My expectations of labour was that it was going to hurt – I had had a miscarriage at 10 weeks where I was on the floor crying with contraction type pains, so I wasn’t naive to what was going to happen.  But I had an idea it would start with period pains, then bad period pains, then really really bad period pains, then fucking agonising period pains then the “ring of fire” and then the baby is here.  Also I had done lots of reading on endorphins kicking in as labour builds to help with natural pain relief so the pain would be manageable.  Unfortunately my pain didn’t work like that.  Initially it was breathable through (despite contracting every two-three minutes) until we arrived at hospital and there was no-one there to meet us, all the doors were locked and no-one was about.  I panicked. From then on my contractions spiralled out of control- I went from 0-100mph in terms of pain- there was no build up I was in full blown out of control scream your head off as the waves of agony hit again and again relentlessly.  I am not sure the pain properly subsided between contractions.  Of course I bloody needed an epidural- I was not going to cope with much longer than this. Its a shame the first one didn’t work- it took the edge off the pain- after all I think I was groaning through contractions and not screaming 😉 but when I asked when it was going to work fully and the midwife told me it hadnt worked then the pain came back fully- dam my mind!  I arrived at the hospital by 5ish and had my second epidural by 9ish so finally 4 hours in I was pain free. I genuinely don’t remember the needles going into my spine- didn’t hurt at all- probably because it was a pin prick in comparison to the pain I was experiencing.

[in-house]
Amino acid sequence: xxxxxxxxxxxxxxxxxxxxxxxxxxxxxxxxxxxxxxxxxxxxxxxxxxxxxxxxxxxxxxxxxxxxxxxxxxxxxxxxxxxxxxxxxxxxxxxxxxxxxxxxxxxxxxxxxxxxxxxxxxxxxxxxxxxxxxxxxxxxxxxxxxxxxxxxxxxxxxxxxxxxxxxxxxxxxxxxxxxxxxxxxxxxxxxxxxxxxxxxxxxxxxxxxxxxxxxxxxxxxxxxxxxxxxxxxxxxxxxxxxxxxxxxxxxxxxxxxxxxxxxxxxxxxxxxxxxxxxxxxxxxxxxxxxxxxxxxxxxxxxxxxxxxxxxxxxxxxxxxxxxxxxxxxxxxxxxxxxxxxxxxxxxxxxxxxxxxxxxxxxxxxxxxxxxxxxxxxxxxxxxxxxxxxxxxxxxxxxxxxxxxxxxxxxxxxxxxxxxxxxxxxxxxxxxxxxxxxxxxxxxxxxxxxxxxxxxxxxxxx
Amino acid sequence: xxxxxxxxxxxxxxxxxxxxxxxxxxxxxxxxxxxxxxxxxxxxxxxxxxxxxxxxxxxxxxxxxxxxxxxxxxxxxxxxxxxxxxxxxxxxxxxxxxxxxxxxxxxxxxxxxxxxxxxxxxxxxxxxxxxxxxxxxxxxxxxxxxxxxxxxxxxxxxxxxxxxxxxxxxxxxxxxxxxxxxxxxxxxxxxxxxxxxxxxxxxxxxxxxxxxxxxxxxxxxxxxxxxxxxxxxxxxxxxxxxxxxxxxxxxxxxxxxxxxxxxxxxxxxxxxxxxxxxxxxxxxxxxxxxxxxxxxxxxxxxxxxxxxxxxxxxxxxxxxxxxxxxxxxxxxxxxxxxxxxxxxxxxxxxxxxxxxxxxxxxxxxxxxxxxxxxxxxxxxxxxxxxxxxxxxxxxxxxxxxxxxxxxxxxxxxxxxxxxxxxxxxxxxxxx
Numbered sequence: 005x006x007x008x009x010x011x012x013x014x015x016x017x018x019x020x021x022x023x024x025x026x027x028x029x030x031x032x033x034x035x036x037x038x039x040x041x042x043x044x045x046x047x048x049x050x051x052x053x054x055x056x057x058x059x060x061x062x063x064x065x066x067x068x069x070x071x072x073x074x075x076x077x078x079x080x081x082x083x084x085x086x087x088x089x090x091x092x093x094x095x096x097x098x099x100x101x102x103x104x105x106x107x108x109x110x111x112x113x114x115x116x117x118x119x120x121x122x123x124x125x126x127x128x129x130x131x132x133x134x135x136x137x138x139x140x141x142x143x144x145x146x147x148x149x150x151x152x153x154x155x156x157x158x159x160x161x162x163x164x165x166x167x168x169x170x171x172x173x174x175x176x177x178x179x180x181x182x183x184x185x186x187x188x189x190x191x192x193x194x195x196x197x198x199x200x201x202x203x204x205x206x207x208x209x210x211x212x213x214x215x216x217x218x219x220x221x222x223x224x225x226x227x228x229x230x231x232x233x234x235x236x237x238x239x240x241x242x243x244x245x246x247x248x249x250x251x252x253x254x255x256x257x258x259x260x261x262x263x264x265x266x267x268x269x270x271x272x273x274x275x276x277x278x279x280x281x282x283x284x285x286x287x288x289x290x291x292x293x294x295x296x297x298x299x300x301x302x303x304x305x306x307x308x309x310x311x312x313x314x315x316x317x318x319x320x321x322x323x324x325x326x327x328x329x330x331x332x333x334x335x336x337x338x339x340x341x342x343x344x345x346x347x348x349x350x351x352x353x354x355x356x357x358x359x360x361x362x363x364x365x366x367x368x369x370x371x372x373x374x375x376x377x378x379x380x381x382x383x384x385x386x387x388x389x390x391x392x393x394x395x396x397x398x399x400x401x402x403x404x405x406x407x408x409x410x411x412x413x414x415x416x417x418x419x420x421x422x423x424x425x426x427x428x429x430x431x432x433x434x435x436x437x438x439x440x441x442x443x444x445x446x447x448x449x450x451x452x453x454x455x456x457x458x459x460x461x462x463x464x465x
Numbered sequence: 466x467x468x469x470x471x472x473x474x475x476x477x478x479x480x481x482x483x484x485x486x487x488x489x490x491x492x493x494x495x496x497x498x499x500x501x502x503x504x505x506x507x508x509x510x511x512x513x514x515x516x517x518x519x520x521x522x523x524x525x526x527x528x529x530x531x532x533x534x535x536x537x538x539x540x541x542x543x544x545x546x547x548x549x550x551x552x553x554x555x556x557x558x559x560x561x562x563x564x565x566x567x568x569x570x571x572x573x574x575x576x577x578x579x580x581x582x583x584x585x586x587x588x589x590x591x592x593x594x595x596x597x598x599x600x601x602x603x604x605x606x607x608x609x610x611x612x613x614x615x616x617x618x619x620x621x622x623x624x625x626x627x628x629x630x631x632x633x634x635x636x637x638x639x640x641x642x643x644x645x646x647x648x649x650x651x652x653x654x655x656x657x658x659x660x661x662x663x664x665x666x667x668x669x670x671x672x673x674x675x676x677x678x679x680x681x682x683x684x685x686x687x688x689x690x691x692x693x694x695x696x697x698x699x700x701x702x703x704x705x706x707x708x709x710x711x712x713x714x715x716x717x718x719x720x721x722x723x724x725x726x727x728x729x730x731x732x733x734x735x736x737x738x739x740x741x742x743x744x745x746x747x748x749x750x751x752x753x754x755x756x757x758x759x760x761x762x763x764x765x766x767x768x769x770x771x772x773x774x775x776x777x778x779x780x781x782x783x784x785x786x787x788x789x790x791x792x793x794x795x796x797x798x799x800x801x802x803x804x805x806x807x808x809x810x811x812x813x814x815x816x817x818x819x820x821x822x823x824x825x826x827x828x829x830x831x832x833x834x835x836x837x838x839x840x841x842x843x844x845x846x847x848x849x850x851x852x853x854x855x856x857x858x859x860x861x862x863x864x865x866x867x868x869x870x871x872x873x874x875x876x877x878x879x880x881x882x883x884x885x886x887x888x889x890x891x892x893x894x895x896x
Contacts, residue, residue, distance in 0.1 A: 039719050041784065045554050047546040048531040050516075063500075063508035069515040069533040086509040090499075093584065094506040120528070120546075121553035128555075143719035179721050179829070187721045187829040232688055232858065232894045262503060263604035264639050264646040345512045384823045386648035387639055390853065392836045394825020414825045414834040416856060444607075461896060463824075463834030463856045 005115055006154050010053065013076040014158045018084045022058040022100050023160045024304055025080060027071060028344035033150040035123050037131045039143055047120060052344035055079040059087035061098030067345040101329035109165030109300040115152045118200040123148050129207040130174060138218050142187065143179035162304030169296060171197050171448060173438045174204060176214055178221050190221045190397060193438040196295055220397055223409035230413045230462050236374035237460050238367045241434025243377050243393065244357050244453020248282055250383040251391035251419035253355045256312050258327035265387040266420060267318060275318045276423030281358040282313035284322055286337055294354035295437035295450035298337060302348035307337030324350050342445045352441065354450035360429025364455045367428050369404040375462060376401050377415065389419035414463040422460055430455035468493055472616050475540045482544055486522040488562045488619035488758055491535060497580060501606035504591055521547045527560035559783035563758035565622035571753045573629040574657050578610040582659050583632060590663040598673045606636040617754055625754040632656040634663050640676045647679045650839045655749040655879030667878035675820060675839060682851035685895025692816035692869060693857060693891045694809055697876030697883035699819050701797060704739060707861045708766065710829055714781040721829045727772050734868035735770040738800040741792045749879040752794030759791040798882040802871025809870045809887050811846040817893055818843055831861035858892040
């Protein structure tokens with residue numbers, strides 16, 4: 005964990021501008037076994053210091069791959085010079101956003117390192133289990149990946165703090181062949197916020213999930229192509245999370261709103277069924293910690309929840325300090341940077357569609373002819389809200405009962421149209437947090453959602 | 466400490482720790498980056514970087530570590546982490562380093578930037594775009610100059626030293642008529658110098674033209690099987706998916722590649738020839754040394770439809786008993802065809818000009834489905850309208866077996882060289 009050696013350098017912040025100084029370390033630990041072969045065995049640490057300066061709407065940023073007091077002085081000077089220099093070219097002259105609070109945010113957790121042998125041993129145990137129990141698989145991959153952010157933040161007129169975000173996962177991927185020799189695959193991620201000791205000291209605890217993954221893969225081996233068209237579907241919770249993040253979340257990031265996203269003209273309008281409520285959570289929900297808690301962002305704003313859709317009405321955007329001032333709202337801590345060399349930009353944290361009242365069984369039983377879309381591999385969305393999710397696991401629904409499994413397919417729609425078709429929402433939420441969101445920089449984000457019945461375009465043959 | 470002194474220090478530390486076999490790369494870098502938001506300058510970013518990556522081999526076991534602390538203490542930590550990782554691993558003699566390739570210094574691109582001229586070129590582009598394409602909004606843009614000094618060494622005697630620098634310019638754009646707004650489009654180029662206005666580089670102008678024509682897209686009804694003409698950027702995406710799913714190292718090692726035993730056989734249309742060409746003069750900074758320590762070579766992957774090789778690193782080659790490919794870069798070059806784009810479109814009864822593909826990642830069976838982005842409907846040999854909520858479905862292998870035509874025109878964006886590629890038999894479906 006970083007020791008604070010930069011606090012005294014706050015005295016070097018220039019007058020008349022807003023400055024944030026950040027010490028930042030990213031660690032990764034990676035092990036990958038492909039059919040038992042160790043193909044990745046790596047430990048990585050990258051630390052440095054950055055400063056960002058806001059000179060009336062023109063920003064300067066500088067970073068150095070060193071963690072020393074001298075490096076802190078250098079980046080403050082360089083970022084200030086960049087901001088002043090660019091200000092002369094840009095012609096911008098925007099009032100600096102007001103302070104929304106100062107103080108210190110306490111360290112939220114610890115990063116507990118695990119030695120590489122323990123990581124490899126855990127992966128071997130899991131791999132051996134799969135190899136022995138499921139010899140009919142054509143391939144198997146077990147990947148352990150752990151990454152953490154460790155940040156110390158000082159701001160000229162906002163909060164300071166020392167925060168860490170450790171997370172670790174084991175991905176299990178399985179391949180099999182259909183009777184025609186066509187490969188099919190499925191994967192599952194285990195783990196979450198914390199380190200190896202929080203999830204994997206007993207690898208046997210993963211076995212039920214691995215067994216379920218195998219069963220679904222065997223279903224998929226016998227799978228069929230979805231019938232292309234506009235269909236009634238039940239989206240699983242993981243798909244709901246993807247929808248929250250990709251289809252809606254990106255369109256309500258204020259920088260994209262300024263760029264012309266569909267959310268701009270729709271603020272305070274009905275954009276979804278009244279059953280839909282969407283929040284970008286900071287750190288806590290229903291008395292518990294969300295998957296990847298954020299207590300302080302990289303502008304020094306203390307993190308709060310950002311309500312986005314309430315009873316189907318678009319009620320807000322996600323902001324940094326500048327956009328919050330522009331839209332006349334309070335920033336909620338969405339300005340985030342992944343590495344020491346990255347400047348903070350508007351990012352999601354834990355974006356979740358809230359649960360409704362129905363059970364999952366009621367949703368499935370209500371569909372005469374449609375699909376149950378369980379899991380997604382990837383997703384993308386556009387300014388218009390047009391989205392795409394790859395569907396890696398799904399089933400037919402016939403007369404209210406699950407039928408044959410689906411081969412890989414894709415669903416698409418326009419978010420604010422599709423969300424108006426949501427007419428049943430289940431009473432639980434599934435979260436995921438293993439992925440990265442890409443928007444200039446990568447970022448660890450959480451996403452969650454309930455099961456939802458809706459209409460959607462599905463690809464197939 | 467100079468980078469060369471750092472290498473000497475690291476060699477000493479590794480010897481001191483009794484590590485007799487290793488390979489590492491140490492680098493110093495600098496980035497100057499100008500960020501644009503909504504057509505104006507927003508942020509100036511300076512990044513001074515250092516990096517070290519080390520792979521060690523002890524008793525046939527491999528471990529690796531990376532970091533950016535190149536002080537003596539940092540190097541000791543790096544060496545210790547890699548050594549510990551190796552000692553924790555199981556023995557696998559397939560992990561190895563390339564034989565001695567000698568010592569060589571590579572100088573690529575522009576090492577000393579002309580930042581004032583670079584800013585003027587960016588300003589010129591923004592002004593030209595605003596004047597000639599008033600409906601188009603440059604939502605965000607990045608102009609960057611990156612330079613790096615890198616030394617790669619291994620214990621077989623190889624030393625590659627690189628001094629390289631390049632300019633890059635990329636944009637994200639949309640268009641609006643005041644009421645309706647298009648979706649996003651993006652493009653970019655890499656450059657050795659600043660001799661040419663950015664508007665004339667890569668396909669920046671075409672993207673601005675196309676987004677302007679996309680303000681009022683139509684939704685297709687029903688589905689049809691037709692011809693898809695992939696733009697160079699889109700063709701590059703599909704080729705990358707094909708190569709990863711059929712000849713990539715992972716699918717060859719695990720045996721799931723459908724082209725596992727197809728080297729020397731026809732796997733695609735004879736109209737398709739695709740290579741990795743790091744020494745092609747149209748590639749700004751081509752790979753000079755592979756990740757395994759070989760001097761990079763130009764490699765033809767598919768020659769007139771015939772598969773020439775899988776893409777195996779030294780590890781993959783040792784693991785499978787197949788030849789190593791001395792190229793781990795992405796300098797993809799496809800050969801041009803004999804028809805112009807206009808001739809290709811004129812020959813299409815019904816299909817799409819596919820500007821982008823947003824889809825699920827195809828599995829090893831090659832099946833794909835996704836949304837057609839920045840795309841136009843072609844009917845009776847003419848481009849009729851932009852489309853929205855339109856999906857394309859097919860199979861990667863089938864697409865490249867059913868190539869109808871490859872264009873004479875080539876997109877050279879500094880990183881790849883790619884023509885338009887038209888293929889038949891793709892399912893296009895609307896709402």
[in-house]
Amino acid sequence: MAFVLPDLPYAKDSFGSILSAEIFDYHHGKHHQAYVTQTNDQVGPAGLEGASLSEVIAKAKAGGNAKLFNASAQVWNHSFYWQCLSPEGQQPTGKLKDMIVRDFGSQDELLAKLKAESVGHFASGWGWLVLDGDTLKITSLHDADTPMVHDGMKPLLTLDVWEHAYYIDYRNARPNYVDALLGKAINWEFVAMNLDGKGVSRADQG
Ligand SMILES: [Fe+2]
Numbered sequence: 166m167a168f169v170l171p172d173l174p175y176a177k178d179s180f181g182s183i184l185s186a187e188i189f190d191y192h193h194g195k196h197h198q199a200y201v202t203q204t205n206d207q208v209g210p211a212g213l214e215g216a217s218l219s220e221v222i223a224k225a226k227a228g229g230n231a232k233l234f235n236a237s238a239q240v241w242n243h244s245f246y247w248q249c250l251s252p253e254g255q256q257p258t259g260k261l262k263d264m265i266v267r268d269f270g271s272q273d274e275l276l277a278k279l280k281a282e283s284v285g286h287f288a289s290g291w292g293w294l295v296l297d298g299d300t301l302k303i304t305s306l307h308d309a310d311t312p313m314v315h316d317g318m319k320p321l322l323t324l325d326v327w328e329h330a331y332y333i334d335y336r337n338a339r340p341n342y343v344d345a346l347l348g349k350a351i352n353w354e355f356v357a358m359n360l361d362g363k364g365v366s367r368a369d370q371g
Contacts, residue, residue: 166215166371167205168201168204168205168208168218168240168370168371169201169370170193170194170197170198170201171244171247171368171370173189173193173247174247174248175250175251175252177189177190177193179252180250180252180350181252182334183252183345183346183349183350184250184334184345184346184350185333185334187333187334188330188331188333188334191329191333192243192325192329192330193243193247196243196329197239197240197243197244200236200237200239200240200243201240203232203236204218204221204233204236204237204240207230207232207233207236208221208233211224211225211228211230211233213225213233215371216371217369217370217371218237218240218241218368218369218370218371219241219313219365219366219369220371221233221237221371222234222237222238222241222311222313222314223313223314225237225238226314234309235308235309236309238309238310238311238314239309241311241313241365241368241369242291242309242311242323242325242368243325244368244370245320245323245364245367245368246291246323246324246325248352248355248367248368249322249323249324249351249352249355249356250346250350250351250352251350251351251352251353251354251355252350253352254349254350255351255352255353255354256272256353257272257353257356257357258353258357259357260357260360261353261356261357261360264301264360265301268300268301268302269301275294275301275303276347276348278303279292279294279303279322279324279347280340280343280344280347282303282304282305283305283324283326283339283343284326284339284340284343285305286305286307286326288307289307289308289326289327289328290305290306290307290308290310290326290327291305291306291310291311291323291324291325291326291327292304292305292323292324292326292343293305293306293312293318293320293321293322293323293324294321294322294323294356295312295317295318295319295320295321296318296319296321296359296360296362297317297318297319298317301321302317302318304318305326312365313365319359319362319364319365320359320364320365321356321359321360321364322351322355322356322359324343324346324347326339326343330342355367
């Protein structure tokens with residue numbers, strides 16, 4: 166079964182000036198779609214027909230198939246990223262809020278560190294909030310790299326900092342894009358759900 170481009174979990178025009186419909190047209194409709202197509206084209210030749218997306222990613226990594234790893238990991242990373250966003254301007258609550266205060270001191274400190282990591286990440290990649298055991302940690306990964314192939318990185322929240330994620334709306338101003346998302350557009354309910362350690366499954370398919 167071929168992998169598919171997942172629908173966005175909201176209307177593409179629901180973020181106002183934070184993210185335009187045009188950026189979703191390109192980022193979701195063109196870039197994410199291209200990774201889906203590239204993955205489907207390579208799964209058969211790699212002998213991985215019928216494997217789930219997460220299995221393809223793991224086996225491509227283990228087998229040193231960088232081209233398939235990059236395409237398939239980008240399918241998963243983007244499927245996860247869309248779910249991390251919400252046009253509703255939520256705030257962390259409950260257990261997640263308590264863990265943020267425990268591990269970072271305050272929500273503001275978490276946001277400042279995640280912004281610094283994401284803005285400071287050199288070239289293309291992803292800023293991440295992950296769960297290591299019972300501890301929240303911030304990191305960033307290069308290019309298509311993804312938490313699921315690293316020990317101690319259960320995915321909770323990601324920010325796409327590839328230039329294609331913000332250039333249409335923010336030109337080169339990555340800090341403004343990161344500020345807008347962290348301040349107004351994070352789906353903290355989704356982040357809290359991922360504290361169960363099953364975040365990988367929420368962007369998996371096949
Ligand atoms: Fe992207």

And then it was heaven, bliss, awesome- I was back to being me. Okay I was strapped to hospital bed but we had the reassuring thud of munchkins heartbeat on the monitor and I drank lots of water and to be honest it was a dull 6hours while waiting for me to dilate enough to get to pushing stage.  Was the best bit of my labour!

When I got pregnant again my mum said “I’d avoid an epidural this time if I were you”.  This felt like a punch in the stomach like my daughters illness after birth could have been prevented by not having an epidural.  At the time I was adamant I wanted an elective section anyway but partly it was because I knew I would need an epidural again if I tried for a vaginal birth and obviously I am terrified of a repeat of last time, so no epidural=no VB for me.  Now I have shifted in my thinking and am considering a vaginal birth again (and currently 50:50 in my decision which is the massivest step ever for me- (and seriously if I do VB I will actually deserve a medal- from the president of the universe, and an OBE and basically universal recognition of how incredibly brave and awesome I am).

Anyhow the flipside is there are some things that have helped me when discussing epidurals and labour pain with people. The wonderful lady I got chatting too in mothercare who was the first person who agreed with me that once your waters blow=mindblowing agony, and to the mumsnetters on the thread I started about it who also had similar experiences you made me feel so much better.  Basically once waters go there is no cushion and the babies head is grinding right on your cervix- yes some women won’t have this agony (or may not even start contracting) when their waters go, but it really helped me knowing that I wasn’t alone or a wuss for being in that much pain and not being able to cope.

Also reading the following “My consultant said women who need epidurals are more likely to be having longer more difficult labours anyway so it isn’t necessarily the epidural that increases the intervention but the labour itself.” Hallelujah! I have decided to take this statement as gospel.  Because previously I had been feeling- me needing an epidural because I was too weak to cope with the pain = intervention=forceps episostomy= my fault I couldn’t get the baby out. Had I been stronger this wouldn’t have happened.  And now I know that I was wrong (and to the consultant who told me I wouldn’t have been able to get her out by myself- thankyou- again I still need to work on my feelings of guilt and failure around Munchkins birth but these things really help me.